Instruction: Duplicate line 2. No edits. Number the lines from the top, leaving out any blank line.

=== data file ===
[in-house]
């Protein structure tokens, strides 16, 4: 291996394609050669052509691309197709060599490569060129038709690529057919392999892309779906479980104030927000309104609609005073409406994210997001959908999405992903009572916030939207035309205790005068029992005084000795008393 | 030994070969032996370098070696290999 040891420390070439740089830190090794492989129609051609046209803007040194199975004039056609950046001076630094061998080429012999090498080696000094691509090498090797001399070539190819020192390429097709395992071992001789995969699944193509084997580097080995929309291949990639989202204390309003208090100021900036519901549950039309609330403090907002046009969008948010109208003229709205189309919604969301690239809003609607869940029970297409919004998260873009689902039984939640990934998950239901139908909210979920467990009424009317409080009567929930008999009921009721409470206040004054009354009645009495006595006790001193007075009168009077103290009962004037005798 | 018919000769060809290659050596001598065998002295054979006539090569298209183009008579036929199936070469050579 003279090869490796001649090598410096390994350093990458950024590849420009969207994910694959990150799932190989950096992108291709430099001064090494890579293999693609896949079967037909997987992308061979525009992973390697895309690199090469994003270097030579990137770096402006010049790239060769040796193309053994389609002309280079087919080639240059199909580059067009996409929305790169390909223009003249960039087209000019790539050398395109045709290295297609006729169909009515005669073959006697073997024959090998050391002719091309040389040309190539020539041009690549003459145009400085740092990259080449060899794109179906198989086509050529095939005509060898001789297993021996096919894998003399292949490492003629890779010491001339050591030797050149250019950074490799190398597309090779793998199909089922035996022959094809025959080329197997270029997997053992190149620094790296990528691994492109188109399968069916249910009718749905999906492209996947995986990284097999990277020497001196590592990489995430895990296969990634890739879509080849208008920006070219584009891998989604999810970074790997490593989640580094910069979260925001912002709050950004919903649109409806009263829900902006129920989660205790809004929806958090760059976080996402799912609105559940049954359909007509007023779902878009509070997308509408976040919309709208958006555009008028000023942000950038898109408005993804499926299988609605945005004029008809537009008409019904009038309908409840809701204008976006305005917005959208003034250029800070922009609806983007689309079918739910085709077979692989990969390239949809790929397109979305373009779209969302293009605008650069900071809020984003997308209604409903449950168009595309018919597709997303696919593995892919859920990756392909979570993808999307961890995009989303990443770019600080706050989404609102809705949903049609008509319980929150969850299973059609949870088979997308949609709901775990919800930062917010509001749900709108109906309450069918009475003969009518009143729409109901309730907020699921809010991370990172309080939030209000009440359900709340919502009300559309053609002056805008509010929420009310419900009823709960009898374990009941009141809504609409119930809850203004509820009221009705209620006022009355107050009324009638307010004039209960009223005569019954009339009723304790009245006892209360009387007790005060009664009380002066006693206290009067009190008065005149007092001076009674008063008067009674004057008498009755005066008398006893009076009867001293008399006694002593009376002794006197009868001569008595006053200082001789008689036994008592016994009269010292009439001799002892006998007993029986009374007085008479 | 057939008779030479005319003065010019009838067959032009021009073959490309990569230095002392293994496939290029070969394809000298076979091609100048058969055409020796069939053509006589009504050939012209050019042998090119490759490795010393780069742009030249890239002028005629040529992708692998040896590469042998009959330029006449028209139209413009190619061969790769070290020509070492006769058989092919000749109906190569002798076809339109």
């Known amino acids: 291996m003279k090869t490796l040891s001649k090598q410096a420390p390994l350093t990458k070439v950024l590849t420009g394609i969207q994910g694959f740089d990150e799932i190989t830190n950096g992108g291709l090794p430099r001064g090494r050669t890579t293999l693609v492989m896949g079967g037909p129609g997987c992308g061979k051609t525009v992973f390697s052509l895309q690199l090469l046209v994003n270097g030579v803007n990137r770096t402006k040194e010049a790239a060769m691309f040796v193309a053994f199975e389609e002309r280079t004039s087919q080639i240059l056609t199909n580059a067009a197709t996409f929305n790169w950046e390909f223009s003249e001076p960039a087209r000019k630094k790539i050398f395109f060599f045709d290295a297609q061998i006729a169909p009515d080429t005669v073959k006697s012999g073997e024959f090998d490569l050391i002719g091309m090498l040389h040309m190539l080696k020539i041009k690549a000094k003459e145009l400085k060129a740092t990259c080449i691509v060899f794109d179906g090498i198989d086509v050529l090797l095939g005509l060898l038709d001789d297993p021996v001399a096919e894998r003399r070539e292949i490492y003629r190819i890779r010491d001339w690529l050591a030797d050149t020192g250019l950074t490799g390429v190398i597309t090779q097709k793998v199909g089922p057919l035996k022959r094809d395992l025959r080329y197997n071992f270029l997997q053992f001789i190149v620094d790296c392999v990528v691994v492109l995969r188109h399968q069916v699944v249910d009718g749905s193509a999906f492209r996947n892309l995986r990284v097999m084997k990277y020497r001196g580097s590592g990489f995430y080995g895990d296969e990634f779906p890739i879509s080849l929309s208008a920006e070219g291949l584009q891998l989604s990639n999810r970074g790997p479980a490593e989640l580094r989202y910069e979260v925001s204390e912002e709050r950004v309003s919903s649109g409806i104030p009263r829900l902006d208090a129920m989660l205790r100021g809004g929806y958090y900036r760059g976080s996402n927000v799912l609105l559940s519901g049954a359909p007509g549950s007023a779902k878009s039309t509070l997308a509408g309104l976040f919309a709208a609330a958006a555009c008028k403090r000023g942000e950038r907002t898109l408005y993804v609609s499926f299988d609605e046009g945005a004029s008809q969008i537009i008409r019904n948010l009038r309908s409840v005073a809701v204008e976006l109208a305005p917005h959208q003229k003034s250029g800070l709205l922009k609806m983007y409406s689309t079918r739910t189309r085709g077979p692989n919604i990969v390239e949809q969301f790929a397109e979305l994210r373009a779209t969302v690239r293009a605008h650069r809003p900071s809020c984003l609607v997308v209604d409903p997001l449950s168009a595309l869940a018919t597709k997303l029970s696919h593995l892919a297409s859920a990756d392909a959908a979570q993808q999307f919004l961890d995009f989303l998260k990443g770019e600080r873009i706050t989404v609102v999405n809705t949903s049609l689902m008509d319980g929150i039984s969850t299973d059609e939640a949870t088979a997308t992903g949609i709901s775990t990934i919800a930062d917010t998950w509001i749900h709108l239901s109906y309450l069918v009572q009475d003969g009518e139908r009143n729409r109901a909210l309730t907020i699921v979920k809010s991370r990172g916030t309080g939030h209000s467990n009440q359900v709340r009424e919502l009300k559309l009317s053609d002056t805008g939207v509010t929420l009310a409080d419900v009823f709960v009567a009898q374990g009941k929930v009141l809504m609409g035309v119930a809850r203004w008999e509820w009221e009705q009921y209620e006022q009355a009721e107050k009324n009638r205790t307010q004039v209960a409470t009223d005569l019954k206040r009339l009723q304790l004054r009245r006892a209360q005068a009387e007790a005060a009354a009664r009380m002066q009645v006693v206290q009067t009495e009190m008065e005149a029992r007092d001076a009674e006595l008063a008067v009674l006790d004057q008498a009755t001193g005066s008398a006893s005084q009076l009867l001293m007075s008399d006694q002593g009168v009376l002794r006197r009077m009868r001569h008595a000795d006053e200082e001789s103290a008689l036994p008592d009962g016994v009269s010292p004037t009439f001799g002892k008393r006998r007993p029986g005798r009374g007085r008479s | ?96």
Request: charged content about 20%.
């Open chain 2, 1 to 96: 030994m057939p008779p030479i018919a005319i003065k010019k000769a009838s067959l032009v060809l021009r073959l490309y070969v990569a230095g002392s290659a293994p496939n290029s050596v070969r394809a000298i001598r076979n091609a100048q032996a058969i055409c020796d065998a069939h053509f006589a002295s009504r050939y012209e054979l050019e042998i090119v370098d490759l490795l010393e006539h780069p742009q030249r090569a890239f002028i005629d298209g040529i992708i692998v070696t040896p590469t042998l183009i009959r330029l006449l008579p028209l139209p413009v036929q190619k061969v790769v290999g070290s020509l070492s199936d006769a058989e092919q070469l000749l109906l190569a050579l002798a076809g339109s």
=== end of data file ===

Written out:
């Protein structure tokens, strides 16, 4: 291996394609050669052509691309197709060599490569060129038709690529057919392999892309779906479980104030927000309104609609005073409406994210997001959908999405992903009572916030939207035309205790005068029992005084000795008393 | 030994070969032996370098070696290999 040891420390070439740089830190090794492989129609051609046209803007040194199975004039056609950046001076630094061998080429012999090498080696000094691509090498090797001399070539190819020192390429097709395992071992001789995969699944193509084997580097080995929309291949990639989202204390309003208090100021900036519901549950039309609330403090907002046009969008948010109208003229709205189309919604969301690239809003609607869940029970297409919004998260873009689902039984939640990934998950239901139908909210979920467990009424009317409080009567929930008999009921009721409470206040004054009354009645009495006595006790001193007075009168009077103290009962004037005798 | 018919000769060809290659050596001598065998002295054979006539090569298209183009008579036929199936070469050579 003279090869490796001649090598410096390994350093990458950024590849420009969207994910694959990150799932190989950096992108291709430099001064090494890579293999693609896949079967037909997987992308061979525009992973390697895309690199090469994003270097030579990137770096402006010049790239060769040796193309053994389609002309280079087919080639240059199909580059067009996409929305790169390909223009003249960039087209000019790539050398395109045709290295297609006729169909009515005669073959006697073997024959090998050391002719091309040389040309190539020539041009690549003459145009400085740092990259080449060899794109179906198989086509050529095939005509060898001789297993021996096919894998003399292949490492003629890779010491001339050591030797050149250019950074490799190398597309090779793998199909089922035996022959094809025959080329197997270029997997053992190149620094790296990528691994492109188109399968069916249910009718749905999906492209996947995986990284097999990277020497001196590592990489995430895990296969990634890739879509080849208008920006070219584009891998989604999810970074790997490593989640580094910069979260925001912002709050950004919903649109409806009263829900902006129920989660205790809004929806958090760059976080996402799912609105559940049954359909007509007023779902878009509070997308509408976040919309709208958006555009008028000023942000950038898109408005993804499926299988609605945005004029008809537009008409019904009038309908409840809701204008976006305005917005959208003034250029800070922009609806983007689309079918739910085709077979692989990969390239949809790929397109979305373009779209969302293009605008650069900071809020984003997308209604409903449950168009595309018919597709997303696919593995892919859920990756392909979570993808999307961890995009989303990443770019600080706050989404609102809705949903049609008509319980929150969850299973059609949870088979997308949609709901775990919800930062917010509001749900709108109906309450069918009475003969009518009143729409109901309730907020699921809010991370990172309080939030209000009440359900709340919502009300559309053609002056805008509010929420009310419900009823709960009898374990009941009141809504609409119930809850203004509820009221009705209620006022009355107050009324009638307010004039209960009223005569019954009339009723304790009245006892209360009387007790005060009664009380002066006693206290009067009190008065005149007092001076009674008063008067009674004057008498009755005066008398006893009076009867001293008399006694002593009376002794006197009868001569008595006053200082001789008689036994008592016994009269010292009439001799002892006998007993029986009374007085008479 | 057939008779030479005319003065010019009838067959032009021009073959490309990569230095002392293994496939290029070969394809000298076979091609100048058969055409020796069939053509006589009504050939012209050019042998090119490759490795010393780069742009030249890239002028005629040529992708692998040896590469042998009959330029006449028209139209413009190619061969790769070290020509070492006769058989092919000749109906190569002798076809339109």